Note to world: MLA style specifies double-spacing of block quotations

From the MLA Handbook for Writers of Research Papers, 6th Edition:

If a quotation runs to more than four lines in your paper, set it off from your text by beginning a new line, indenting one inch (or ten spaces if you are using a typewriter [chuckle–ed.]) from the left margin, and typing it double spaced, without adding quotation marks. (3.7.2)

Verse quotations of more than three lines should being on a new line.  Unless the quotation involves unusual spacing, indent each line one inch (or ten spaces on a typewriter) from the left margin and double-space between lines, adding no quotation marks that do not appear in the original.  (3.7.3)

Note that this does *not* say: “Double-space everything *except* block quotations, which should be single-spaced.” Apparently this confusion is widespread, judging by the papers I get.

MLA style dictates that EVERYTHING, even the identifying information in the upper-left-hand corner of page 1, be double-spaced. If you’re wondering, “how should I format this block quotation in MLA style,” the answer is: double-space. If , more generally, you’re wondering, “in MLA style, should I double-space [anything]”, the answer is: YES.

According to the MLA, thou shalt double-space.

Now, there’s no especial virtue in double-spacing or not, but if you’ve been asked to use a style guide, then use the style guide!

That is all.

PS: Some other time we’ll deal with the widespread conviction that “quote” is a noun. (I.e., “I’ve got my quotes . . . I’m all set.”) For this post, at least, let’s distinguish actual guidelines from pet peeves!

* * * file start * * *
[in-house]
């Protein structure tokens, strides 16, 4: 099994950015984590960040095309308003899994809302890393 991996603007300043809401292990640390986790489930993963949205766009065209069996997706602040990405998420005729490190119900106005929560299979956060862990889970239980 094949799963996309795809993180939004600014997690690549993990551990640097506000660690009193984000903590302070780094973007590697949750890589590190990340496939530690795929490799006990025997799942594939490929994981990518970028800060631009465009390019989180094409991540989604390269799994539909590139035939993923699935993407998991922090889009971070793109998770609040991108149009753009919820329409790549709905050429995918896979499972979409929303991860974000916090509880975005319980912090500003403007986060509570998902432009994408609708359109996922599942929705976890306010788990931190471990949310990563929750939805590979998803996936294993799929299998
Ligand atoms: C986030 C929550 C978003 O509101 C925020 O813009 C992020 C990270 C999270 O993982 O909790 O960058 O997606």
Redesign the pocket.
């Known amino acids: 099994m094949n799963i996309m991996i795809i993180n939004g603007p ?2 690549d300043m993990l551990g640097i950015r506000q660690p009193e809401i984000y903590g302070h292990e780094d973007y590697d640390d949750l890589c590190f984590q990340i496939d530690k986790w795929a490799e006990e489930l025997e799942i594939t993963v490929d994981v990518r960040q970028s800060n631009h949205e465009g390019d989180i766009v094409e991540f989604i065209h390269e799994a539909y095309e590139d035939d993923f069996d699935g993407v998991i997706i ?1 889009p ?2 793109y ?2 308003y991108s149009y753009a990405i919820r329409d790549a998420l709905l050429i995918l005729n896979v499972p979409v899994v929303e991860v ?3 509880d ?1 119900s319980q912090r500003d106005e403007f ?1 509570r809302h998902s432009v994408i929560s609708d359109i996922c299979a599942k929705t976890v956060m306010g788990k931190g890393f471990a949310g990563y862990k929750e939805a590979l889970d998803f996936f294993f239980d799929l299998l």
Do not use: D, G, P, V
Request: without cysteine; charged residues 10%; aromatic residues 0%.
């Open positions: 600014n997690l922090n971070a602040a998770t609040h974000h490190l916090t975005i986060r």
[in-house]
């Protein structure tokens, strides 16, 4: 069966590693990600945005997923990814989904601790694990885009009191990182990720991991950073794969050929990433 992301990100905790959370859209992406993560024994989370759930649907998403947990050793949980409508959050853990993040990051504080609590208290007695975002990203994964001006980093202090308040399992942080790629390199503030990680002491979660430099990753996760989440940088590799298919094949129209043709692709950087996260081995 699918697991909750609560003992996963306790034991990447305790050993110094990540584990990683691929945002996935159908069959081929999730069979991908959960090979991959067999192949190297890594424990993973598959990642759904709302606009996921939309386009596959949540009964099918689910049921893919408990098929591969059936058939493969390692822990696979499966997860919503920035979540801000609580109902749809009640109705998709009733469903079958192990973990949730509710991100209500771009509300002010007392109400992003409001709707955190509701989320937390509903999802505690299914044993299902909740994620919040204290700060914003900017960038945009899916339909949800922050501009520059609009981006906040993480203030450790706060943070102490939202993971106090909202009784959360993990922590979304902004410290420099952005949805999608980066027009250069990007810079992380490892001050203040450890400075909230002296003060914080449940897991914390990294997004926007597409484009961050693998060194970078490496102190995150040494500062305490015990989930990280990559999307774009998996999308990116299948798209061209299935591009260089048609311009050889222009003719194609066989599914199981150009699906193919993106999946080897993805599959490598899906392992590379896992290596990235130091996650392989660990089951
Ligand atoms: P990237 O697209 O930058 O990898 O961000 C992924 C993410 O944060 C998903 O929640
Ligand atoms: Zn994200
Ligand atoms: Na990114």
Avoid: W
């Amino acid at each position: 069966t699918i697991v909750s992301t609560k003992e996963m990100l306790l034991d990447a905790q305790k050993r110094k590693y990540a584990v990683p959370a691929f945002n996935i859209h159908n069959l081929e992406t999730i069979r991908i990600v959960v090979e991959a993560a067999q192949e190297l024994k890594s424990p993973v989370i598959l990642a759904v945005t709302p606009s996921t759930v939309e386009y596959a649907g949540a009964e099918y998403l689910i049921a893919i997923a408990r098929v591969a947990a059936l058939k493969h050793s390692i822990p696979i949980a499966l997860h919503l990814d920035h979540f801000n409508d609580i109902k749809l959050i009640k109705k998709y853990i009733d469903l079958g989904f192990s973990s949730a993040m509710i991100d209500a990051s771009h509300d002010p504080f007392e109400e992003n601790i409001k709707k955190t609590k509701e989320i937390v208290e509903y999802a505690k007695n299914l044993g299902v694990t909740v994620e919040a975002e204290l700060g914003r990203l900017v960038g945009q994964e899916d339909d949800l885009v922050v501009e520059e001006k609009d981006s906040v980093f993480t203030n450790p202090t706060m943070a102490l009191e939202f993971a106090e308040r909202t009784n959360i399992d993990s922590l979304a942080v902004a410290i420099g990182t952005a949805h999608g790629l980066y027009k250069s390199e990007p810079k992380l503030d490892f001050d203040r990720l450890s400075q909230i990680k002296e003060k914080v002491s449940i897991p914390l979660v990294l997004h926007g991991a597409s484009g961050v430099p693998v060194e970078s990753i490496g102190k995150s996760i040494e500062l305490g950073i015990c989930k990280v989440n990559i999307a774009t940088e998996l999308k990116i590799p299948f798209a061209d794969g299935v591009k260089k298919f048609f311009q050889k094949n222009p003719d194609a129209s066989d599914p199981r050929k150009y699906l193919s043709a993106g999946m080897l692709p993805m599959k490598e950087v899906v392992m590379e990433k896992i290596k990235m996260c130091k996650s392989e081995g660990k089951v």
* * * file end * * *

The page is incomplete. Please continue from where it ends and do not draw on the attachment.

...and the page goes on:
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4 Responses to Note to world: MLA style specifies double-spacing of block quotations

  1. Dance says:

    Well, Chicago/history demands single-spaced block quotations, so I’m sure that doesn’t help students keep it straight. But I’ll start pointing out that is different from MLA.

    I have almost joined the dark side on “quote” as a noun, as least in speech.

  2. Brian says:

    As an undergrad, I spent an inordinate amount of time reading the MLA Handbook for fear of losing points on some arcana of MLA formatting. (Plus, it was a convenient, mind-soothing, and rote exercise to do after I’d finished a draft but before I wanted to engage in the bloodletting of editing.) As such, I’ve always been annoyed to see single-spaced block quotations.

    I also lament the shift from ellipses in square brackets “[…]” to the abandonment of the brackets in the transition from editions 5 to 6. What are we coming to as a profession?

  3. jbj says:

    @Dance: In speech, sure, I’ll use quote as a noun. But I usually start railing about this at about the same time I’m explaining that writing shouldn’t be just speech. (My purest psychotic rage is reserved for those who use the present progressive instead of the simple present.)

    @Brian: I don’t mind change. But if a stylesheet gets specified–then use the ^#@^ stylesheet! And I agree about the soothing rituals of such practices . . .

  4. Heather says:

    Thank you so much for this clarification! Would you believe that I’m an English teacher and have taught for years to single-space block quotations? I had a professor in college who swore by it. You have corrected about 200 students this year from learning the incorrect format. Thank you again.

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